Sustainable Paths to Economic Prosperity – Charter Cities

By John Clayton

The Phu My Hung class seemed to present several disheartening takeaways. Of the last several cases we’ve examined, Phu My Hung was objectively considered to be the most “successful” master-planned development. And yet, our conversation highlighted many issues that confronted this successful development: the long time horizon for invested capital and foregone returns from alternate investments, the unique (and likely non-replicable) circumstances involving land acquisition and government support, and the disproportionate level of demand catered towards expats with 10x per capita income levels – i.e. the wealthy. If this development could only work under this limited set of circumstances, with evident tradeoffs, and only for the wealthy, then how can we possibly expect to reasonably accommodate an urbanizing wave of 3 billion mostly poor people in the coming decades?

Enter the charter city – a city that’s designed, developed, managed and handled by a business or external entity.

Charter cities function something like this: an emerging market country leases a greenfield portion of its land to an outside developer, usually a country or a consortium of businesses (i.e. a tech cluster). This external party leverages their expertise to develop the land, build out the urban infrastructure, and incentivize business and labor (both domestic and international) to move to the city and build an employment base. For example, Mozambique offers a tract of coastal land to Singapore; Singapore then leverages its urban development expertise and trade connections to build out a city cluster that attracts Mozambicans (and expat talent), as well as businesses looking African market access or lower-cost labor. This concept is particularly conducive to emerging market countries facing significant resource constraints, high population growth rates, and a lack of financing and technical expertise to develop a city themselves.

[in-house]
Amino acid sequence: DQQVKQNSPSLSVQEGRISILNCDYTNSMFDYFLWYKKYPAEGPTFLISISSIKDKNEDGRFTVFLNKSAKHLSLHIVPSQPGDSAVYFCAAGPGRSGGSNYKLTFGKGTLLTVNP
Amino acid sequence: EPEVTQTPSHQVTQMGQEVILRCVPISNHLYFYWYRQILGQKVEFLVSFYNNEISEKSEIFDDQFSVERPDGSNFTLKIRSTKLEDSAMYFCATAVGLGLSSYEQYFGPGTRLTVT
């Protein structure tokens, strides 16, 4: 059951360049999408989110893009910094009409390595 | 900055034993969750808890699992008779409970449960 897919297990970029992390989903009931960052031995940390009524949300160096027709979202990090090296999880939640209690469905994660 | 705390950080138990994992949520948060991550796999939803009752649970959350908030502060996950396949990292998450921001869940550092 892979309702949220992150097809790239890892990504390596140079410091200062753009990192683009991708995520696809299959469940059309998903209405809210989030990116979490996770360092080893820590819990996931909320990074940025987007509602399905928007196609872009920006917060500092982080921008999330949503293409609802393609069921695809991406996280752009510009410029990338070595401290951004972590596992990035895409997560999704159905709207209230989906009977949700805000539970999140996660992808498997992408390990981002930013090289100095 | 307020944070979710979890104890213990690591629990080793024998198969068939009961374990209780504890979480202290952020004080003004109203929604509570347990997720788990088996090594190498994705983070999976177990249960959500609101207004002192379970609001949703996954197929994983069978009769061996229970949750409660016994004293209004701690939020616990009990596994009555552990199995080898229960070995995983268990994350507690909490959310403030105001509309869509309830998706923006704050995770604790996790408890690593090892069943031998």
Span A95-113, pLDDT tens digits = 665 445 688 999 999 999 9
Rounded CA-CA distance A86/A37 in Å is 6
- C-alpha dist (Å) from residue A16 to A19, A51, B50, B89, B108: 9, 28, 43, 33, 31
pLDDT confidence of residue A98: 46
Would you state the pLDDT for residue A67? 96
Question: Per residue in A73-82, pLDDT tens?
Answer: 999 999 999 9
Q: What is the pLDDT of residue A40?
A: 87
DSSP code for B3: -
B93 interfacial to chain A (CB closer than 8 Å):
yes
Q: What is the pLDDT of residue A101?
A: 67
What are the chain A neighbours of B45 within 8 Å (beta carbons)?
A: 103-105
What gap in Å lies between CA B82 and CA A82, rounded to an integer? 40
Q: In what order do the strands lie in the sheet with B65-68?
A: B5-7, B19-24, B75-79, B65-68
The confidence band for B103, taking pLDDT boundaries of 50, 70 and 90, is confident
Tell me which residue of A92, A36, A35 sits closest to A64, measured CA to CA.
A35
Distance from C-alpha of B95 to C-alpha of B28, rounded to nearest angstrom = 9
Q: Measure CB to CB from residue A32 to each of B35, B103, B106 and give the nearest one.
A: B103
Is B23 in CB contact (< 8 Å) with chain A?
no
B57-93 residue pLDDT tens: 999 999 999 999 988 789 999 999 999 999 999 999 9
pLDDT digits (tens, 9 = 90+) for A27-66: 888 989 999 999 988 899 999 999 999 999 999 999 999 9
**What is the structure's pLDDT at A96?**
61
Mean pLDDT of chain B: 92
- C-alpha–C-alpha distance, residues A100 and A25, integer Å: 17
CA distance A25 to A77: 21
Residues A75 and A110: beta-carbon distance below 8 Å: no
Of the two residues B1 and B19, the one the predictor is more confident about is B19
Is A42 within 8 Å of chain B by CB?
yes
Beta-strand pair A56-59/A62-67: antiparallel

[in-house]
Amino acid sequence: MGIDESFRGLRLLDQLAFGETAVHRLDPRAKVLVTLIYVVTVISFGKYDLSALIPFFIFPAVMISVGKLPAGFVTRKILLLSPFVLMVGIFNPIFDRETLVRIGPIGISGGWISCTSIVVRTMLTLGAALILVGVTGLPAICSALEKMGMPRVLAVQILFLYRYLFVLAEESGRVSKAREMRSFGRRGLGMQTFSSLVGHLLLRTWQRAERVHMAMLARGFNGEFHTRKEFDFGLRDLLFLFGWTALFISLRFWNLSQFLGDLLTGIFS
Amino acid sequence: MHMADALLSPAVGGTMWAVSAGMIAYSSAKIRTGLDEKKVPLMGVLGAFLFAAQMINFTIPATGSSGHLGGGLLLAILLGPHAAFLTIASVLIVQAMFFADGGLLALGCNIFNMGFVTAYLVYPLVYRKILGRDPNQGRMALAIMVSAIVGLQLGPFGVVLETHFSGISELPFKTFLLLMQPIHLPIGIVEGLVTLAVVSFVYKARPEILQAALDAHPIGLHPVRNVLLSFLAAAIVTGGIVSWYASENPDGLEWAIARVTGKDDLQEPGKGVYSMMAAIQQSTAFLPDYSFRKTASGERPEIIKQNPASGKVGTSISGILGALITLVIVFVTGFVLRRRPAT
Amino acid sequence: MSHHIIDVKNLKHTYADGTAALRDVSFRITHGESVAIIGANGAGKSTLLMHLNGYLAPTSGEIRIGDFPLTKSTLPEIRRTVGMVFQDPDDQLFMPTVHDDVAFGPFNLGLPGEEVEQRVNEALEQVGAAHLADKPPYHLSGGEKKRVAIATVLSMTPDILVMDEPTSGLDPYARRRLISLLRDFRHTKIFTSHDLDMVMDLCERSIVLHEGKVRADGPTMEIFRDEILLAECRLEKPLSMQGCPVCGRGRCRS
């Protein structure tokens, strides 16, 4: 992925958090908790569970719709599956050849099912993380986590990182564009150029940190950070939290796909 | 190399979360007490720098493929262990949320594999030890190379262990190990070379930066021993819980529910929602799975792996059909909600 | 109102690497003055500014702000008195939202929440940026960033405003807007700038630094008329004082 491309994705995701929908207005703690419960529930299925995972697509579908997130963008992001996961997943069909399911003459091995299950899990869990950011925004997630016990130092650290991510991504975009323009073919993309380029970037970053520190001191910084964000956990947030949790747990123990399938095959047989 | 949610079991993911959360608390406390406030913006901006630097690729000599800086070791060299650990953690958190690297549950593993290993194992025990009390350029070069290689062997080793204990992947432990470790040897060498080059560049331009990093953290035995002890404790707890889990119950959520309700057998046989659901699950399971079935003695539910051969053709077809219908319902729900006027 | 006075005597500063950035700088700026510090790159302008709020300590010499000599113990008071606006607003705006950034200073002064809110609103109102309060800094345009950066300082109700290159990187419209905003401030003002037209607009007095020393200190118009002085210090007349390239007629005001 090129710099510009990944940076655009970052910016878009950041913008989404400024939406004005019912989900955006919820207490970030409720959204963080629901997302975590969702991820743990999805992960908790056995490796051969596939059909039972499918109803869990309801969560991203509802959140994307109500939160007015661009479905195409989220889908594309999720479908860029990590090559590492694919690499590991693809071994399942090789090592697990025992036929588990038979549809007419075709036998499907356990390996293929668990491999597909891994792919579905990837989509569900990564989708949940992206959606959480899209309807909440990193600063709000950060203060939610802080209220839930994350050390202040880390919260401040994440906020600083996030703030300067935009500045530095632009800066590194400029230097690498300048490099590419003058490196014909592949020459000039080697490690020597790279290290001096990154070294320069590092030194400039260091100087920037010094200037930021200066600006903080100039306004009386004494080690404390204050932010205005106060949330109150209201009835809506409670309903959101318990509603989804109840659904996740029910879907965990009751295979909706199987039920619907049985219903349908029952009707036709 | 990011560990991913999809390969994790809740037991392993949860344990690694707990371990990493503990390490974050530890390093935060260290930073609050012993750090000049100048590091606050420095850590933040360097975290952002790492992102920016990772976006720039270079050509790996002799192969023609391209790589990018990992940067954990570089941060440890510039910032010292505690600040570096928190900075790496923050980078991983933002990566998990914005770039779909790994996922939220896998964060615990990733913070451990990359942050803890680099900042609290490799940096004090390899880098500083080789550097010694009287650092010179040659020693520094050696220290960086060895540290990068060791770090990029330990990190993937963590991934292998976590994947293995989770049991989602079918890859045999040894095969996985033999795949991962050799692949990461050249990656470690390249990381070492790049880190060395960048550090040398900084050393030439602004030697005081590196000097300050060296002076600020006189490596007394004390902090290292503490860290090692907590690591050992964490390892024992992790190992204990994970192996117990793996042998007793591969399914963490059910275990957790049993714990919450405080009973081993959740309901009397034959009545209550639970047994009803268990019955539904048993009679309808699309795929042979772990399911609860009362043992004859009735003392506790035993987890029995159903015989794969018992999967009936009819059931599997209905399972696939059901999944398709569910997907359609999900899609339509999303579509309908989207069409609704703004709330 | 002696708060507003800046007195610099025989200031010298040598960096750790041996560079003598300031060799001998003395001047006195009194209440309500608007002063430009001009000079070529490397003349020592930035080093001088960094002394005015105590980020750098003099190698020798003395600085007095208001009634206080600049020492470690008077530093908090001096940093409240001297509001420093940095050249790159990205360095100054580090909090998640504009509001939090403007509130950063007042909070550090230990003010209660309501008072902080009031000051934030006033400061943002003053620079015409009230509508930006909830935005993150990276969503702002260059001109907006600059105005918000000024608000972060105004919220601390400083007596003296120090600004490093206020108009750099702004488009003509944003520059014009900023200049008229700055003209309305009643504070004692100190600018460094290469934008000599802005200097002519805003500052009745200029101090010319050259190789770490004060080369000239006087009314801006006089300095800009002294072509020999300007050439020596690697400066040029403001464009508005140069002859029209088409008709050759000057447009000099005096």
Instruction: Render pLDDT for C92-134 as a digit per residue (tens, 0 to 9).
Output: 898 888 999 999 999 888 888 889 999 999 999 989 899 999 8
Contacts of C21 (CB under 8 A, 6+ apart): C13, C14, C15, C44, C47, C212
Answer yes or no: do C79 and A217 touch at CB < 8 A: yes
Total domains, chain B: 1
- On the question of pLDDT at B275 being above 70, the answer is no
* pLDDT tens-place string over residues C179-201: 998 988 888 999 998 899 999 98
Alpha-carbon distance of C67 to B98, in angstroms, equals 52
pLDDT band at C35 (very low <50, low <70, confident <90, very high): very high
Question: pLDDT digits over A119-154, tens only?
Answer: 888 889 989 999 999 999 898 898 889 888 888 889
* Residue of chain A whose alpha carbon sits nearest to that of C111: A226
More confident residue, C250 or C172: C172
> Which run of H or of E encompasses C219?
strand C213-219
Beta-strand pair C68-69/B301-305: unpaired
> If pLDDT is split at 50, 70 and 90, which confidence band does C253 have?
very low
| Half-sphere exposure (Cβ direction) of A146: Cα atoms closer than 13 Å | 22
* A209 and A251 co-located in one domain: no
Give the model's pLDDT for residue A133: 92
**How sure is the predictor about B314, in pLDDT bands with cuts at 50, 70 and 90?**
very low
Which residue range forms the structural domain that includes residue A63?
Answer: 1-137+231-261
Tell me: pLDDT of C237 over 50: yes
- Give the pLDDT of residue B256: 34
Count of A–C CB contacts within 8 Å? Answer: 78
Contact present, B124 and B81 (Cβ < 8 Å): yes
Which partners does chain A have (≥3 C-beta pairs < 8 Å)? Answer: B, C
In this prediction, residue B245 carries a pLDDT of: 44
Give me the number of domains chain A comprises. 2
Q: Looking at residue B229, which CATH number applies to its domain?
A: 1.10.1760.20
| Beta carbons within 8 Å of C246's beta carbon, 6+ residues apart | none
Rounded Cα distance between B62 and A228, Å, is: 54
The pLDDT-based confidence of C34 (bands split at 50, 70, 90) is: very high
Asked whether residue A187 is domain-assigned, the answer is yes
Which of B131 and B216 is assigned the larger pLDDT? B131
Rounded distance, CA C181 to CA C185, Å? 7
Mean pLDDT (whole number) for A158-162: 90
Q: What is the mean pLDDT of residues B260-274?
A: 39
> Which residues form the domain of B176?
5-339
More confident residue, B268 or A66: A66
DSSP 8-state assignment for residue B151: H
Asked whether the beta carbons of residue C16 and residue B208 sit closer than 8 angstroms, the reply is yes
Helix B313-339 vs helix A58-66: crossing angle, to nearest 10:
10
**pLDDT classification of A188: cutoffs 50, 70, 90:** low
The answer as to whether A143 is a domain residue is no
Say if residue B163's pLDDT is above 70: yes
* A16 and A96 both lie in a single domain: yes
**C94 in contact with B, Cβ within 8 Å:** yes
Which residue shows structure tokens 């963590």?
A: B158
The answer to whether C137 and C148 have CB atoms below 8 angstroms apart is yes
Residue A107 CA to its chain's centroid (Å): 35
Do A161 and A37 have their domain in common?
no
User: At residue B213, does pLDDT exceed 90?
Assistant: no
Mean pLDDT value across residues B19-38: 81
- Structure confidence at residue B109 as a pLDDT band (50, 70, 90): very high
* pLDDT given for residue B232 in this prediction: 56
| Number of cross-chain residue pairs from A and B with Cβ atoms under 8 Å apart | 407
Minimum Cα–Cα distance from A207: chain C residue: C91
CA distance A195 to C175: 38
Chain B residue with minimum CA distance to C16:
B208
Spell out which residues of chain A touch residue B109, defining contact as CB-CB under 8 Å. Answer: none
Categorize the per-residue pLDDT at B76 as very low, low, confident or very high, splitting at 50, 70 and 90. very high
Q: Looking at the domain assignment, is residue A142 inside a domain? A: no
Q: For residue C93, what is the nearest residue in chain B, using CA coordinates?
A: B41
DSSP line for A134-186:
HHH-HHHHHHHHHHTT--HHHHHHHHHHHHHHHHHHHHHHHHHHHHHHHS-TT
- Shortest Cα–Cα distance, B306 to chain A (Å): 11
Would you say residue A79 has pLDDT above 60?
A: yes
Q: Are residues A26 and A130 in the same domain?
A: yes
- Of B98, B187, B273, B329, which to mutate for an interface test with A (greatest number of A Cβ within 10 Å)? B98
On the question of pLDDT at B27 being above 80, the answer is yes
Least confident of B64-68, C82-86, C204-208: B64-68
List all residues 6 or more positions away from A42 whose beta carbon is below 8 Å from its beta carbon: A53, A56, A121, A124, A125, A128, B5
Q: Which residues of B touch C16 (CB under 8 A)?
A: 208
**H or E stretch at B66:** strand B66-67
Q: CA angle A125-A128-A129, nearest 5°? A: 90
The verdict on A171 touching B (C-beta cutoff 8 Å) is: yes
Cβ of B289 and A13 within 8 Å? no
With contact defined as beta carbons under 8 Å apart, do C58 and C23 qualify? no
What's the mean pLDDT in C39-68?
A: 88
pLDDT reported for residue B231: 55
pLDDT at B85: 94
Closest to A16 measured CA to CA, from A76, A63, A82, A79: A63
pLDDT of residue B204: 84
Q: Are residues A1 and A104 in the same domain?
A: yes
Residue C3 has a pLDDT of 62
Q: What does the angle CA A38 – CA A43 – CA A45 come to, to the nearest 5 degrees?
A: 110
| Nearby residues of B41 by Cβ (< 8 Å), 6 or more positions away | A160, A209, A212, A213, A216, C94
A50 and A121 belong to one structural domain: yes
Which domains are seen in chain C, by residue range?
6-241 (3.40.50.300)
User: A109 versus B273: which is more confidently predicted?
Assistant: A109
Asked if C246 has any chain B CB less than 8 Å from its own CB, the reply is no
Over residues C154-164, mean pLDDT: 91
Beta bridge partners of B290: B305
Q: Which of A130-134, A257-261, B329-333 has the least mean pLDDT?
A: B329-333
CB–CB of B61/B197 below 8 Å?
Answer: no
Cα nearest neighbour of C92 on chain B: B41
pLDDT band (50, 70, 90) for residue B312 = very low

Who benefits? Everyone does. The local country benefits from targeted economic development, external urban infrastructure expertise, master planned cities, and an escape valve for its increasingly crowded existing urban areas. The investor country benefits from development and construction work for its companies, quasi-sovereign governmental jurisdiction (a key constraint we’ve seen to successful development), and recognition within the global community. Businesses benefit from access to lower-cost labor, new markets, and lower-risk operating environments (similar to Singapore’s involvement in the Sino-Singapore Tianjin Eco-City Project). Most importantly, poorer populations benefit from increased economic opportunities (in a word, jobs) and access to a well-constructed urban environment.

Now for the numbers – how would these charter cities be financed? Funding for city infrastructures could come from several sources: (1) similar to KAEC or Phu My Hung, cities could benefit from build-operate-transfer contracts for critical infrastructure components – water, electricity, roads; (2) increasing land values; (3) taxes or payments derived from economic activity; or (4) initial subsidies provided by international development organizations or donor countries.  Partial risk guarantees from either developed states or multilateral financial institutions such as the World Bank could lower risk profiles and underwrite private-sector investment opportunities, further reducing investment costs.